So you've decided to replace your windows. You may be wondering, when getting new windows, should I replace the trim? In this article, we'll explore how to decide whether it's the right time to replace your window trim.
When to replace exterior window trim
The first reason to opt for new window trim is if it has worn out and no longer looks presentable. Weather, moisture and insects can cause the trim to discolor, splinter and rot.
The second reason to replace window trim is if it no longer fits with the style of the windows and your home. Replacing your windows presents you with the opportunity to give your windows a complete makeover, upgrading to a more modern-looking trim. However, if you have other windows in your home with the existing trim style that you are not planning to update, or if you like your trim style and are concerned about finding something similar – you may want to consider salvaging your trim for use around your newly installed windows.
You may be able to save money by getting the trim replaced at the same time the windows are replaced if your contractor or manufacturer offers some kind of bundled package. This can be a big cost-saver if you're replacing your windows all at once.
Choose window trim material carefully to make it last longer
If you do replace your trim, you'll want to know that some materials require more maintenance than others. Materials such as plastic or vinyl offer lower maintenance than wood or aluminum, and may need to be repainted far less often.
If you still prefer wood exterior trim for its classic style or historic appeal, make sure you are ready to commit to the upkeep. Paint or seal all sides of each piece of wood (including the side that will face the house) before installing it. This can help keep out moisture and insects for longer.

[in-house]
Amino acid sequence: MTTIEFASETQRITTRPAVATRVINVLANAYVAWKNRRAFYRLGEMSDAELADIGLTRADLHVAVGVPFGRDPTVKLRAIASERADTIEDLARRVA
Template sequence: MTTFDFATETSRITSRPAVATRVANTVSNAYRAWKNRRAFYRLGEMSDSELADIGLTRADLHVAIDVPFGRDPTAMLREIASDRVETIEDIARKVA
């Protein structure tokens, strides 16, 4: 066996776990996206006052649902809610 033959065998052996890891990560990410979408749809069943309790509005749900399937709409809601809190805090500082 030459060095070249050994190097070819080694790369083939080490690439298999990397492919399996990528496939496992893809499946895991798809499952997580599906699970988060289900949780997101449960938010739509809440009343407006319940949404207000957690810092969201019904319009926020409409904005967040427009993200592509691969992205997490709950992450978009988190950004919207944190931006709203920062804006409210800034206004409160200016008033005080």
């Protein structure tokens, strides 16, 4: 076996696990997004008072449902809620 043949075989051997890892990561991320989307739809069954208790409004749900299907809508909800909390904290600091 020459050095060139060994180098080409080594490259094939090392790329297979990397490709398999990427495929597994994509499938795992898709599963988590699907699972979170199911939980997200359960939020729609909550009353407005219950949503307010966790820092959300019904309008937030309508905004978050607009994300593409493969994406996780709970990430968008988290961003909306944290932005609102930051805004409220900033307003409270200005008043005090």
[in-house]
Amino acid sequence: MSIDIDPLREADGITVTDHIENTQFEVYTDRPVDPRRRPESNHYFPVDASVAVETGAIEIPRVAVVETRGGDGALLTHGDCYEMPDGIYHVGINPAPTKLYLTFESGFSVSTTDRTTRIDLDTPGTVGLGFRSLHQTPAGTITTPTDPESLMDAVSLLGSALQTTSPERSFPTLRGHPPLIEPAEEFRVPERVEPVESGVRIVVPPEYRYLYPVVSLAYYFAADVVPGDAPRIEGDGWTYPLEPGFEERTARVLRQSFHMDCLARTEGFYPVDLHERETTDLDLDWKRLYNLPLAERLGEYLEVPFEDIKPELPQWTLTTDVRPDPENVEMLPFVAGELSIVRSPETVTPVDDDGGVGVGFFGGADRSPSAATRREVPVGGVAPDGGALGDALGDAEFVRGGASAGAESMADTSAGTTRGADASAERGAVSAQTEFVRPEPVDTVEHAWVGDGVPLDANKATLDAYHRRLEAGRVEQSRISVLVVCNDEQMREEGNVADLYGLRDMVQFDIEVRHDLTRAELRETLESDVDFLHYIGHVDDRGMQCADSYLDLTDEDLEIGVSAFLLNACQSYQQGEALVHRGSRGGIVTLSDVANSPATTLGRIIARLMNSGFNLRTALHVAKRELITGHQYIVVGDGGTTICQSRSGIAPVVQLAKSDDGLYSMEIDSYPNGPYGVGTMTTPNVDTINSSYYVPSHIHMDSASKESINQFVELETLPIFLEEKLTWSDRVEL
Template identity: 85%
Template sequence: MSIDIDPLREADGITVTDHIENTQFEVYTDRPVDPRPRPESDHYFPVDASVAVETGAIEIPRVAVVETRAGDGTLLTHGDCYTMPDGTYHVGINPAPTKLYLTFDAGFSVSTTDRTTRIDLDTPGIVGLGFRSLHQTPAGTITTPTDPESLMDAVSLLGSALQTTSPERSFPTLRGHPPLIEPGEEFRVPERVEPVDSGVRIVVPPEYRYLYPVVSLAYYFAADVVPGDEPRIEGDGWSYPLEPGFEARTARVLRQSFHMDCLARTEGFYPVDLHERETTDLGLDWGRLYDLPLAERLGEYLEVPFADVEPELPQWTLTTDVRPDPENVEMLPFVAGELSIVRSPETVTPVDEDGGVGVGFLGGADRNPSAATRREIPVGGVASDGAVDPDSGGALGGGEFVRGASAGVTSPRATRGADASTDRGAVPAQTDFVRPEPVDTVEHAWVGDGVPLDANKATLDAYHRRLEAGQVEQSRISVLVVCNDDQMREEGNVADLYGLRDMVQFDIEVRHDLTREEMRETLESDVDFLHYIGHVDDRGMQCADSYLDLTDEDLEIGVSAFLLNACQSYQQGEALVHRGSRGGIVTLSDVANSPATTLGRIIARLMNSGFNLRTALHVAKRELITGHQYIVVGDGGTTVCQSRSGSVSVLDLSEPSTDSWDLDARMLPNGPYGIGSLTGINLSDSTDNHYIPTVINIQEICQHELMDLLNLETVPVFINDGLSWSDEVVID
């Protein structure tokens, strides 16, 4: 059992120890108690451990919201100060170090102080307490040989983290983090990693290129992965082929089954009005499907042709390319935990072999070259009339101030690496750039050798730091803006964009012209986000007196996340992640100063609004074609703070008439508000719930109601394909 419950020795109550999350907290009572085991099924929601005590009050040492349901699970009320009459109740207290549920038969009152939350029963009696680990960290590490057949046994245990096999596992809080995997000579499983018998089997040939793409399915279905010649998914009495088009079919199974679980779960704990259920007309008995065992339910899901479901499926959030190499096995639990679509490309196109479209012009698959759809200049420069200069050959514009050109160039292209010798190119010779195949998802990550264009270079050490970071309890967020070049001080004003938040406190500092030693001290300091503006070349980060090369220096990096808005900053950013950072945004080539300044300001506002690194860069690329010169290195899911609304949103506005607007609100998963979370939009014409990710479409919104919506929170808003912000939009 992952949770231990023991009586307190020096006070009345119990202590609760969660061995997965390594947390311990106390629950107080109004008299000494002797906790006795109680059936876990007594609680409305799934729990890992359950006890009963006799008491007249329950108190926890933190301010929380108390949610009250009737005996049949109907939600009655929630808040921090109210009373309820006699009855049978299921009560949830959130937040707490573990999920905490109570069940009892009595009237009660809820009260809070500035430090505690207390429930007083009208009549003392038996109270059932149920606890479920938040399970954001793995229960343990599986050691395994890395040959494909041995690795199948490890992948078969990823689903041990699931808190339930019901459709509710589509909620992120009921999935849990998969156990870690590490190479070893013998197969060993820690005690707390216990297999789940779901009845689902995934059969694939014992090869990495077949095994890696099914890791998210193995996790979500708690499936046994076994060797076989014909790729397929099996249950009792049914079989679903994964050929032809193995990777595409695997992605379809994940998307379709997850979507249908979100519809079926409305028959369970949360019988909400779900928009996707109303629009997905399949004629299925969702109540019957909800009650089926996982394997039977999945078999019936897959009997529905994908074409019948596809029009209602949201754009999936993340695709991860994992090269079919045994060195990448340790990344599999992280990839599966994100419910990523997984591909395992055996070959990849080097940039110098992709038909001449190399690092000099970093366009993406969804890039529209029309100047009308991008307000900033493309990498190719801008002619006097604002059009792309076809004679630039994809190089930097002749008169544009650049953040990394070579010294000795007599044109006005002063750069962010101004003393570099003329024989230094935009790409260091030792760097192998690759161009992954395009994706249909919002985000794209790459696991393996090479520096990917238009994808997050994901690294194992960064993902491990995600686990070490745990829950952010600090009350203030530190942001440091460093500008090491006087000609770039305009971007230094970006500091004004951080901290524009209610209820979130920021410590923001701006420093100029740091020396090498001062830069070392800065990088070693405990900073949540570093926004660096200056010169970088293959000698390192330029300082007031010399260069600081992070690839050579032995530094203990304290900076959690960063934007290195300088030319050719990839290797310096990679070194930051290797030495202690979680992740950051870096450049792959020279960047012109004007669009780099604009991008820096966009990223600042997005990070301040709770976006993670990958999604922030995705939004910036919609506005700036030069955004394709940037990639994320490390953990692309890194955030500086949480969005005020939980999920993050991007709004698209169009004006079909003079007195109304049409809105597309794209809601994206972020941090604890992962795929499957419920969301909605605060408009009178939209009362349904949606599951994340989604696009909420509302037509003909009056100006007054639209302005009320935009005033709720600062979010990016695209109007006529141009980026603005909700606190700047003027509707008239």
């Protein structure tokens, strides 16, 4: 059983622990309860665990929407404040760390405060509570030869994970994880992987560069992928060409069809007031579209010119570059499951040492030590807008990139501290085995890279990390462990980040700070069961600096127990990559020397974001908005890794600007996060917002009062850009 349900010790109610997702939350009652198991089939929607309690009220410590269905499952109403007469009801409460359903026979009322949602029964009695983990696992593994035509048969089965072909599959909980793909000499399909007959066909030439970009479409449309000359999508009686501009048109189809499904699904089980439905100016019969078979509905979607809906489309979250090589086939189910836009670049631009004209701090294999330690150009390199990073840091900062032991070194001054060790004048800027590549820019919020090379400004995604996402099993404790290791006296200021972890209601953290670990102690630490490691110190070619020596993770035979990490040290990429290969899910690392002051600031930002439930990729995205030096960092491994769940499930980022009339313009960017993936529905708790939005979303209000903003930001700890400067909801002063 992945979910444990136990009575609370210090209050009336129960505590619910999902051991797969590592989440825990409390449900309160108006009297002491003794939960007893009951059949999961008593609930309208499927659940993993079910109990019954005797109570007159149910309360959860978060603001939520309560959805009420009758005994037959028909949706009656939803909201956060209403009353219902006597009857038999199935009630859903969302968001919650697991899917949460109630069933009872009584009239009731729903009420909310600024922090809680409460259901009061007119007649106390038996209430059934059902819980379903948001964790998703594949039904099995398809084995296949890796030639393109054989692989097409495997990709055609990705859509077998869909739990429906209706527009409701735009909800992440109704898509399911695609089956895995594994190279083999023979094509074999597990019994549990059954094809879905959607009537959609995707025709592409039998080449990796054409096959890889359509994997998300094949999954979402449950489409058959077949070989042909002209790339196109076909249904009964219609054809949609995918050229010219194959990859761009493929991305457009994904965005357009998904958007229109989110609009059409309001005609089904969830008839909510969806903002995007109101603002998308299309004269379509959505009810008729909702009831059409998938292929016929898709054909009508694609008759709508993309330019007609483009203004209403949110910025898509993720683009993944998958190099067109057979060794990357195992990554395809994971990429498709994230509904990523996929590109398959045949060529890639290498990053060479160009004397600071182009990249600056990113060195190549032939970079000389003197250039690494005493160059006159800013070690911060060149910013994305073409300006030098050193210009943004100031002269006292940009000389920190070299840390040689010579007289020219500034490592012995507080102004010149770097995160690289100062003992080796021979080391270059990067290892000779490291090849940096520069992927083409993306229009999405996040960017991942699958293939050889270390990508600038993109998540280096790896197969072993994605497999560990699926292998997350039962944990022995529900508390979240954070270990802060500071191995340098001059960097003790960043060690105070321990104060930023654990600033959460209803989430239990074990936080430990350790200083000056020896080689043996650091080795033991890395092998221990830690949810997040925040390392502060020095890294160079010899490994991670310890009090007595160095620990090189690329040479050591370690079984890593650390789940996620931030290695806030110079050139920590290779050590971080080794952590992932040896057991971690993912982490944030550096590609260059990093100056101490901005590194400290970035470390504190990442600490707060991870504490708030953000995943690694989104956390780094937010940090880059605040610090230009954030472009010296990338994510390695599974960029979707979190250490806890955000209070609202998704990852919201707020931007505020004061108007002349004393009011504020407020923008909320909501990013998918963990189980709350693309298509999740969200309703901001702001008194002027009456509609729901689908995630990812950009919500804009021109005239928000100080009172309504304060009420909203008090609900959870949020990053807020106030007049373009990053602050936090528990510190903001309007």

Do you need to replace the interior trim?
So far, we've just focused on exterior trim, but what about interior trim? Interior window trim includes the mouldings (or molding) pieces that fit around the window frames, sometimes referred to as window casing. Window casings add the “finished” look to the interior of a window and come in many styles to match the look and feel of your home. Interior wood trim will typically not start breaking down as soon as exterior wood trim, because it is not exposed to the elements. If you are replacing your exterior trim with new trim that is the same style, you may decide to just leave the interior trim as it is - if it is still in good condition.
If you are upgrading to a more modern style, you will probably want to replace the interior trim as well, so that the entire window looks uniform. Also, if your new windows are a slightly different size than your previous windows, you may wish to upgrade your window trim to a wider window casing to help ensure there are no gaps.
The right window trim for your home
There are as many different styles of window trim as there are styles of houses. If you feel that your window trim no longer fits your style, or it is ready to be replaced, you should replace it with new trim that complements both your windows and the overall look of your home.